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“It is hard, mine friend,” sobbed the German, “not one thinks but for themselves.” “It is unjust,” might have retorted the wife and mother, “for I think of my husband and children, and they think of me.” Why else did her sobs so disturb the tranquil air, or wherefore did she paint her beloved Edward and her two fairhaired boys with their faces so distorted by grief? The present and the future — for time is nothing in such visions — were almost simultaneously before her, and the happy home of one moment was transfigured at the next instant into the house of mourning. The contrast was agonizing but unspeakable — one of those stupendous woes which stupefy the soul, as when the body is not pierced with a single wound, but mortally crushed. She was not merely stricken, but stunned. “Mein Gott l” exclaimed the German girl, after a vain experiment on the passiveness of her companion, “why do you not speak something — what shall we do?” “Nothing,” answered a shuddering whisper, “except— die l’” A long pause ensued, during which the German girl more than once approached and looked down the pitch black orifice which had opened to the fallen stairs. Perhaps it looked less gloomy than by daylight in the full blaze of the sun, – perhaps she had read and adopted a melancholy, morbid tone of feeling too common to German works, when they treat of a voluntary death, or perhaps the Diabolical Prompter was himself at hand with the desperate suggestion, fatal alike to body and to soul, - but the wretched creature drew nearer and nearer to the dangerous verge. Her purpose, however, was checked. Although the air was perfectly still, she heard a sudden rustle amongst the ivy on that side of the Tower, which, even while it made her start, had whispered a new hope in her ear. Was it possible that her signals had been observed — that her cries had been heard? And again the sound was audible, followed by a loud, harsh cry, and a large Owl, like a bird of ill omen, as it is, fluttered slowly over the heads of the devoted pair, and again it shrieked and flapped round them, as if to involve them in a magical circle, and then with a third and shriller screech sailed away like an Evil Spirit, in the direction of the Black Forest.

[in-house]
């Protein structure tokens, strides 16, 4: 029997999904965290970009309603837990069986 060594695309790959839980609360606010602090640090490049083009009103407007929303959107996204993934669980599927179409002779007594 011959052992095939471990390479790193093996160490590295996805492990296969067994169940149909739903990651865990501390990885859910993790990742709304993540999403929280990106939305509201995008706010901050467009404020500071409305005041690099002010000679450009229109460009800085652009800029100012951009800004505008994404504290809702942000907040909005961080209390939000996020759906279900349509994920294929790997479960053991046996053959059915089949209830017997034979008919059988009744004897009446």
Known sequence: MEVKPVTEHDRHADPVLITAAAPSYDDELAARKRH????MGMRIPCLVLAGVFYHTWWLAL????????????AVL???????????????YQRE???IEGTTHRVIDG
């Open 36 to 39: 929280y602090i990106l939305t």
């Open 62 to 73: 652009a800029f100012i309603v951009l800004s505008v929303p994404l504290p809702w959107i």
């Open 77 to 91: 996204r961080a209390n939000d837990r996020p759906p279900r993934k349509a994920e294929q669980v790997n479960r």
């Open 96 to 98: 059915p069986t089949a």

Nor was that boding fowl without its sinister influence on human destiny. The disappointment it caused to the victim was mortal. It was the drop that overbrimmed her cup.

“No,” she muttered, “dere is no more hopes. For myself I will not starve up here, — I know my best friend, and will cast my troubles on the bosom of my mother earth.”

Absorbed in her own grief the Englishwoman did not at first comprehend the import of these words; but all at once their meaning dawned on her with a dreadful significance. It was, however, too late. Her eye caught a glimpse of the skirt of a garment, her ear detected a momentary flutter, — and she was alone on that terrible tower

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And did she too perish P Alas! ask the peasants and the fishermen who daily worked for their bread in that valley or on its river; ask the ferryman who hourly passed to and fro, and the bargeman, who made the stream his thoroughfare, and they will tell you, one and all, that they heard nothing and saw nothing, for Labor looks downward and forward, and round about, but not upward. Nay, ask the angler himself, who withdrew his fly from the circling eddies of the rapids to look at the last beams of sunshine glowing on the lofty ruin, — and he answers that he never saw living creature on its summit, except once, when the crow and the raven were hovering about the building, and a screaming eagle, although it had no nest there, was perched on the Tower of Lahneck.

NotE. — This story — which some hardy critic affirmed was “an old Legend of the Rhine, to be found in any Guide-book " — was suggested by the recital of two ladies, who attempted to ascend to the top of the Tower of Lahneck, but were deterred by the shaking of the stone stairs. They both consider, to this day, that they narrowly escaped a fate akin to the catastrophe of F. Amy Robsart; and have visible shudderings when they hear, or read, of old Rhenish castles and oubliettes.